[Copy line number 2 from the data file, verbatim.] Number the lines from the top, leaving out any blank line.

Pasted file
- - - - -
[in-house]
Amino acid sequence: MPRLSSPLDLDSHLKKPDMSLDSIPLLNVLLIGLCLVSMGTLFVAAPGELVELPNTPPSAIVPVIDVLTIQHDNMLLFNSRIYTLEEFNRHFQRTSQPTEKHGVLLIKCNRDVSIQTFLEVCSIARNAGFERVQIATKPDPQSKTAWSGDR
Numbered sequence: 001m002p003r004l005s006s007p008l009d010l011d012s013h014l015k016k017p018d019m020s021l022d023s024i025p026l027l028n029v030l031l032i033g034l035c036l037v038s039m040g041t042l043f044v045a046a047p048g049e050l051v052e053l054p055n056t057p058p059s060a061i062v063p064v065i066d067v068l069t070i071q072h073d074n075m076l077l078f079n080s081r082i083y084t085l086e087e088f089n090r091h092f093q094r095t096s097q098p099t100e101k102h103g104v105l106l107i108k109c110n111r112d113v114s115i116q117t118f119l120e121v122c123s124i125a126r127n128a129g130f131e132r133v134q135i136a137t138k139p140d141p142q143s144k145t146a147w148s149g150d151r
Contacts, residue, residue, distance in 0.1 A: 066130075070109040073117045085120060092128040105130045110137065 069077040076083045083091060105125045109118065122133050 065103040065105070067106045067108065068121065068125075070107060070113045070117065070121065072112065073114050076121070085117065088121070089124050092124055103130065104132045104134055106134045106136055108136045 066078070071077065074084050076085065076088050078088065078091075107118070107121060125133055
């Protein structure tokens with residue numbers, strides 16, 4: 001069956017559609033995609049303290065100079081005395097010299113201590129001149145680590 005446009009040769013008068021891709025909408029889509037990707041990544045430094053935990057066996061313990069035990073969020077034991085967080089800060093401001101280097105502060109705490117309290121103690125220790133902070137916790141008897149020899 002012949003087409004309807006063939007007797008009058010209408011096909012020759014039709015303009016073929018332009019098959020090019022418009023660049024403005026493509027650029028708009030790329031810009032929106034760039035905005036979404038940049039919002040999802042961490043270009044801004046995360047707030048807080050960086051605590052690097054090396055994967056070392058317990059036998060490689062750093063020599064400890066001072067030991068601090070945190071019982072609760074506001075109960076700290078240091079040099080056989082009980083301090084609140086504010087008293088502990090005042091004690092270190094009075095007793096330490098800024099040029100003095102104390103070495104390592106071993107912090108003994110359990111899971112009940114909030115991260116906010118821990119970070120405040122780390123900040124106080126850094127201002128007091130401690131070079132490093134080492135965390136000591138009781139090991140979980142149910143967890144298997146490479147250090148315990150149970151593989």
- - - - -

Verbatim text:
Amino acid sequence: MPRLSSPLDLDSHLKKPDMSLDSIPLLNVLLIGLCLVSMGTLFVAAPGELVELPNTPPSAIVPVIDVLTIQHDNMLLFNSRIYTLEEFNRHFQRTSQPTEKHGVLLIKCNRDVSIQTFLEVCSIARNAGFERVQIATKPDPQSKTAWSGDR